The agencies, in particular World Missions and the “upstart” Christian Reformed World Relief Committee (now World Renew), were not getting along on some mission fields. This issue simmered for several years. In 1983, Classis Hudson petitioned synod for a committee to study the structure of denominational ministries. Synod appointed a committee, which led to another committee, which led, by a series of steps, to the present structure.

The present structure is based in the idea of collaboration, although that original idea has shifted over the years toward more and more centralization in the Board of Trustees. The approach was to set up a central committee, the BOT, and a central office, the office of executive director, with a mandate to bring the agencies together in a shared vision and ministry plan. More coordination than command.

This has sometimes worked and sometimes not. The agencies and agency directors retain some direct access to synod. Their directors report to the BOT but also to their agency board. The task force calls this “dual accountability” and “dual administrative authority.” It says that this has “led to confusion, duplication, suspicion, and tension.” We should note that these are characteristics of human organizations in general, and it’s unlikely that a new structure will eliminate them. But that’s the hope.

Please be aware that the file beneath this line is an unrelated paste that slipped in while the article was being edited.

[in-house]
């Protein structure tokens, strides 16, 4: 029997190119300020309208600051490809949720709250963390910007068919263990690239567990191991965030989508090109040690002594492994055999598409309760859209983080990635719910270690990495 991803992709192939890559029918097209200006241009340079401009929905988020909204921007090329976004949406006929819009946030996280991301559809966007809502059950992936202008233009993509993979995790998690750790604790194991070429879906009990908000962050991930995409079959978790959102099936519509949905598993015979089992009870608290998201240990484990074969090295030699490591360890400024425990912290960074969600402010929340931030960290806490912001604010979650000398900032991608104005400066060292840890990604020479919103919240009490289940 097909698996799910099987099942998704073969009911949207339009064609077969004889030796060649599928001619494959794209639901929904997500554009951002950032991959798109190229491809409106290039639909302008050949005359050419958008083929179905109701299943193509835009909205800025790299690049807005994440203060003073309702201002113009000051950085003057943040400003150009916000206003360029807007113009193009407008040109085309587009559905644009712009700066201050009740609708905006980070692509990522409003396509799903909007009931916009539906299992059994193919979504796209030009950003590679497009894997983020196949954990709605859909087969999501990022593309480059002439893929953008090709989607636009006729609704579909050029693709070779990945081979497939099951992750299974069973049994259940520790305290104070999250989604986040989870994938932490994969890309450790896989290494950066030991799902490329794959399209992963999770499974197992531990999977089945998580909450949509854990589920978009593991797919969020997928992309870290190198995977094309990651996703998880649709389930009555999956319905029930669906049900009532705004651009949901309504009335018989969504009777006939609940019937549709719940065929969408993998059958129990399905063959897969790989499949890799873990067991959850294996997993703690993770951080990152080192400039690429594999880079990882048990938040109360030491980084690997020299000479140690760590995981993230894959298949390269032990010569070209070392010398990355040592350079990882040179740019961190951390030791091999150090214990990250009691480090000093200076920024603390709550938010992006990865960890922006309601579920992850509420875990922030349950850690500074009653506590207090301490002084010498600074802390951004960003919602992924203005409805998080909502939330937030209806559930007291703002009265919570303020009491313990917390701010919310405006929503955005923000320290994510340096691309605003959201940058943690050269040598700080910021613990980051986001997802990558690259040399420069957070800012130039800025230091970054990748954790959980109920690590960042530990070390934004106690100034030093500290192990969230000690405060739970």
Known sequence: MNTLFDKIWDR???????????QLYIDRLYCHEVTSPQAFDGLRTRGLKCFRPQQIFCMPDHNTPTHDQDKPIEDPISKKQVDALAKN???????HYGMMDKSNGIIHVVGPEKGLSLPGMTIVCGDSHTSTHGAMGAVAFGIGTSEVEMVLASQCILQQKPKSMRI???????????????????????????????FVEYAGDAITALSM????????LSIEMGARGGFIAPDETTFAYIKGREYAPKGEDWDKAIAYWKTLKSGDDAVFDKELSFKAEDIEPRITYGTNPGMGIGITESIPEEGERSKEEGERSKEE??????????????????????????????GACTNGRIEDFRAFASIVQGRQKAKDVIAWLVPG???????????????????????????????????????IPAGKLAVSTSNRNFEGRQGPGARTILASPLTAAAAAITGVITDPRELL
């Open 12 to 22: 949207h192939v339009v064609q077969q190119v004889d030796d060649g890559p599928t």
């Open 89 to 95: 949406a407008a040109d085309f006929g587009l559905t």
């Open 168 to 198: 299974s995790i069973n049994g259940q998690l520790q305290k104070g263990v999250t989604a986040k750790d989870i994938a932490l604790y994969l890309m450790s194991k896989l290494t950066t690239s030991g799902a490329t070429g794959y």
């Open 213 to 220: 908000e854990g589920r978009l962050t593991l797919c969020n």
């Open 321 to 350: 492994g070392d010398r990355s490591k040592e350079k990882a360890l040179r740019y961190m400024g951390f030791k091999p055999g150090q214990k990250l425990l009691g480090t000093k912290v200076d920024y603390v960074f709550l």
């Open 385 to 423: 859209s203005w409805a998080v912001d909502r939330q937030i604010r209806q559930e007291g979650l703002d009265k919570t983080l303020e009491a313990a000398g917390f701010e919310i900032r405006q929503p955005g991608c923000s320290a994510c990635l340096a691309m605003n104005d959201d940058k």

For a long time people working on the BOT side of this structural issue have wanted to fix the problem by centralizing the administration and governance of the agencies. The proposals of the TFRSC are very much of this sort. The task force complains that the denominational ministries are, at present, “a confederacy of non-profits rather than a union of ministries” and that the various agencies are “siloed.” It suggests that its plan will finally bring the agencies and other ministries together.

But this is not the only impulse toward centralization. Second, and perhaps just as important, the ministries of the CRC, like many congregations, have been under the influence of central planners—consultants, church growth gurus, and the like—who have sold the idea that if we just had a plan, everything would be better.